THE BLOG
09/10/2013 05:37 pm ET Updated Nov 10, 2013

Surviving the Dreaded Momzilla

Getting married is a special time and rite of passage for a woman and there's no one is more excited for her than her mother. While wedding planning can be a great bonding experience for a mother and daughter, it can also be huge stressor and point of contention. Brides tend to forget how emotionally invested mothers can be as her little princess gets married. Everyone expects a bride to have a moment or two where she's overwhelmed, but adding a momzilla to the situation takes it another level. Momzillas come in different shapes and forms, but all need to be regarded carefully as to not risk the relationship between mother and daughter.

The Vicarious Momzilla

A vicarious momzilla is the one who's living out her wedding fantasies through her daughter. In most cases the mother didn't have her dream wedding or even have a wedding at all. Now that her daughter is getting married she is determined to makes sure she has the wedding of a lifetime, the mother's lifetime that is. These moms really mean no harm, however they will have a tremendous amount of opinions about everything from the venue to the flowers and sometimes even down to the bride's shoes! She may feel that her daughter should be in the purest white from head to toe and wear a princess ball gown, however her daughter may want something more low key with lace and less poof. While mother's opinions are important, brides should keep in mind that it's their day and not their mother's. Listen to the mother's opinions, but be sure that the bride's vision isn't compromised to please her mother. Brides can make the biggest momzilla feel special by incorporating some of her ideas into the wedding or giving her a special role in the planning process. For example, if there's a family tradition or religious reading that's special to the mother, add it to the ceremony. It only takes a few seconds to incorporate and it will spare the bride years of hearing her mother complain about it not being done.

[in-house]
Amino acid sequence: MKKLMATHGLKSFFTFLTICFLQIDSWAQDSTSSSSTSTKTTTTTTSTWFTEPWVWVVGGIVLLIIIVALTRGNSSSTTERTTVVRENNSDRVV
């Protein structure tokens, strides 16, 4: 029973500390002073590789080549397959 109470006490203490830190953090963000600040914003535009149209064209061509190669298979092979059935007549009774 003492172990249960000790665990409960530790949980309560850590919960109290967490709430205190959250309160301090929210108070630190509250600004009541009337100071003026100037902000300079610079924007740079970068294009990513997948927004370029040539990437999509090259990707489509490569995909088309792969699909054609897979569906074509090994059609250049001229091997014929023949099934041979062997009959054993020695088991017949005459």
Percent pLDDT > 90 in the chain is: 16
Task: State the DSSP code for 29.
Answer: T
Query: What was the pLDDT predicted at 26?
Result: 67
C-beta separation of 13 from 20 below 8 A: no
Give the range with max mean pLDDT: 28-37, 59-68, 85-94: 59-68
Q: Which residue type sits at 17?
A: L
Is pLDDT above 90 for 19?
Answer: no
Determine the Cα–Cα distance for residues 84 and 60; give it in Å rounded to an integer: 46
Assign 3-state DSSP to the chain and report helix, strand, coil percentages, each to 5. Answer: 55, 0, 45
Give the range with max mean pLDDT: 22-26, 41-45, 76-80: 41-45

The Critical Momzilla

Some moms, my own included, are extremely critical. They only want the best for their daughter, but sometimes their delivery can be a bit harsh. When my mother and I went wedding dress shopping, she criticized every dress I loved, told me I looked fat a few times, somehow made the appointment about her and rushed me out of salons. In all fairness, my mom was a pageant mom who made a lot of my dresses, did the prep work and judged competitions. While she was just trying to help and some of her critiques were accurate, a bride to be, I was emotional and just wanted my mom to support me and not be my pageant judge. In these situations, the bride must keep her composure and gently tell her mother her comments are hurting her feelings. Explain that it's understood that she means well, but the bride just needs her to soften her approach. If all else fails, there's no rule that says brides have to go dress shopping or to any other wedding appointment with their mother. It's perfectly okay for brides to take their bridesmaids or other friends and family instead. As long as the bride has a good experience, and is happy that's all that's important.

The Controlling Momzilla

If a momzilla is paying for the wedding, watch out! Sometimes, when a mother is financially supporting her daughter's wedding, she feels that it gives her more authority in the decision-making process and if she does not approve she won't pay! In these situations, it's best to set the ground rules up front. Brides should have a conversation with her mother prior to beginning to plan the wedding to determine how much influence mom will have on actually decisions. This way when disagreements arise, the bride can respectfully remind her mother that she agreed not to take over the wedding. However, if the bride does not allow the mother to have influence, she may need to be prepared to cover the cost of certain aspects of the wedding or the wedding in its entity herself.

Whether a mother turns into a momzilla or not, all moms want their daughters to be happy on their wedding day. Through open and honest communication, a bride can survive even the most ferocious momzilla while still keeping their relationship intact.

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